Carathéodory's extension theorem extends a premeasure on a ring of subsets to a measure on a sigma algebra generated by the ring.
One popular proof of the theorem is a contructive one (please correct me if I am wrong):
- first extend the premeasure on the ring to an outer measure,
- then construct a measure space from the outer measure, with the measure being restriction of the outer measure on the sigma algebra of the measure space. The measure space is complete wrt its measure, by the way.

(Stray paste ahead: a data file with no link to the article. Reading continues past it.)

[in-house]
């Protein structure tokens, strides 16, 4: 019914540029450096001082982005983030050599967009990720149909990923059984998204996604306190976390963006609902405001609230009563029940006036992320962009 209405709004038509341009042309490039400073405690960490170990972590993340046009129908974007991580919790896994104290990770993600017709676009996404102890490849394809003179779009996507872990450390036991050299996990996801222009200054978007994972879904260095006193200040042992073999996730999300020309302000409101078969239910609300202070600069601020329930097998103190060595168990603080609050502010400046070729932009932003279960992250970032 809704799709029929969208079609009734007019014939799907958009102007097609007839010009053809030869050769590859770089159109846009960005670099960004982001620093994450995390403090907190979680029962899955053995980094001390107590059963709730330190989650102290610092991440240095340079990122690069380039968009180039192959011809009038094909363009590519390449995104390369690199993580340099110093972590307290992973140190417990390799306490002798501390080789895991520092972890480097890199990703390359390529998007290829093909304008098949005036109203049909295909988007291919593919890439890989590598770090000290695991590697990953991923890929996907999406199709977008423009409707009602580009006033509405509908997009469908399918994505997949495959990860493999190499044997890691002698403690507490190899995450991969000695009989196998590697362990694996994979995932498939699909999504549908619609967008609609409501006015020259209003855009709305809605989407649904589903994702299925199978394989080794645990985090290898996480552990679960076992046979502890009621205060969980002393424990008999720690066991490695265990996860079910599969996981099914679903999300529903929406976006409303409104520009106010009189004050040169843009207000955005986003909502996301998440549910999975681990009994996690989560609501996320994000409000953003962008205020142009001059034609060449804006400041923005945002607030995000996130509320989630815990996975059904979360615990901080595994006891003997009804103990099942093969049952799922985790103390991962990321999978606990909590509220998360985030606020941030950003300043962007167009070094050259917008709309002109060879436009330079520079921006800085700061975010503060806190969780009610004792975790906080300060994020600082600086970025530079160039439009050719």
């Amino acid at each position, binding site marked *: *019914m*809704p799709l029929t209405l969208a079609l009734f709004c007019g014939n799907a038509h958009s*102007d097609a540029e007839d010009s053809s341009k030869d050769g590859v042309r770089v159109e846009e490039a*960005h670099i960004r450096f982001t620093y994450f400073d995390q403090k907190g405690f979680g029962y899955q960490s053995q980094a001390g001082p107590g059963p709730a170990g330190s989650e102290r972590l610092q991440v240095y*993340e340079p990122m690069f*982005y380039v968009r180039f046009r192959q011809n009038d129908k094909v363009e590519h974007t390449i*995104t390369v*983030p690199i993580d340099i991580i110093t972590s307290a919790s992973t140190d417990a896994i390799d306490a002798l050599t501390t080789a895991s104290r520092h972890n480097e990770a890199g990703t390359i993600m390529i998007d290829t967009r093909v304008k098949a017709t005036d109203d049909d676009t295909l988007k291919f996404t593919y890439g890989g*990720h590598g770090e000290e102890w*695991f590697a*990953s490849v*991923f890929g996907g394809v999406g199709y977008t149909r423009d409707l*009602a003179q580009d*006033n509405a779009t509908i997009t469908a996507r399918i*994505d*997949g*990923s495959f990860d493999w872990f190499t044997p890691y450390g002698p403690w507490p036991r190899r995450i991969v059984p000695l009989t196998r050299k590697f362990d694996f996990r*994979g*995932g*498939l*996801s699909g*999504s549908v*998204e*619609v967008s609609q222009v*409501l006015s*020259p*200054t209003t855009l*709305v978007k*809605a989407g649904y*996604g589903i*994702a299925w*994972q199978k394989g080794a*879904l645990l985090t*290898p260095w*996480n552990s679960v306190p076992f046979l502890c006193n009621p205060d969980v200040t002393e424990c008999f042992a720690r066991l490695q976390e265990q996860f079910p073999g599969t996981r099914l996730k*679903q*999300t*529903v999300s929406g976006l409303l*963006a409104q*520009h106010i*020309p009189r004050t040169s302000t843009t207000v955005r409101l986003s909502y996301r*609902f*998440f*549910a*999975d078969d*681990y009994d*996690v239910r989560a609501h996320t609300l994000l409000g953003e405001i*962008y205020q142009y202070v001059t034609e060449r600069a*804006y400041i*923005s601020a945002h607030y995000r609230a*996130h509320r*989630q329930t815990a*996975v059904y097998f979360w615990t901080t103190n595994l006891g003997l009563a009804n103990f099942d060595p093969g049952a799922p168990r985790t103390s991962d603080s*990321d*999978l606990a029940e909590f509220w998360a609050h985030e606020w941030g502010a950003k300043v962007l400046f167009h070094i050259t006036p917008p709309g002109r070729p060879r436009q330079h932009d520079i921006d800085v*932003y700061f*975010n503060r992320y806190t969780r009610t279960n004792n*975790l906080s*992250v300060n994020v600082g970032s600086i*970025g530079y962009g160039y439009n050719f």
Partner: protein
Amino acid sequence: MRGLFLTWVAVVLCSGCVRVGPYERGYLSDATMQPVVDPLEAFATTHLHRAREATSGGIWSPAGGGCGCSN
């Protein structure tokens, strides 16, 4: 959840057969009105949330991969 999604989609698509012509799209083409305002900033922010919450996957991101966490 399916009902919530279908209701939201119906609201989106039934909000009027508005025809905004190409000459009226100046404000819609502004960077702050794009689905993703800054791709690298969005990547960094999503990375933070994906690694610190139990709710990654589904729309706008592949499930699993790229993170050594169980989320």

- third prove the sigma algebra of the measure space contains the ring, so it contains the sigma algebra generated by the ring. So the sigma algebra generated by the ring and the measure restricted on it will be the resulting measure space in the theorem.
I was wondering if there is a different proof which is also constructive but not using an outer measure? References are perhaps just enough.
When, i.e. under what conditions on the ring and the premeasure on it, will the measure space constructed by restricting "the complete measure space directly out of the outer measure" to "the sigma algebra generated from the ring" happen to be also complete?
When it is, will it coincide with the complete measure space directly out of the outer measure?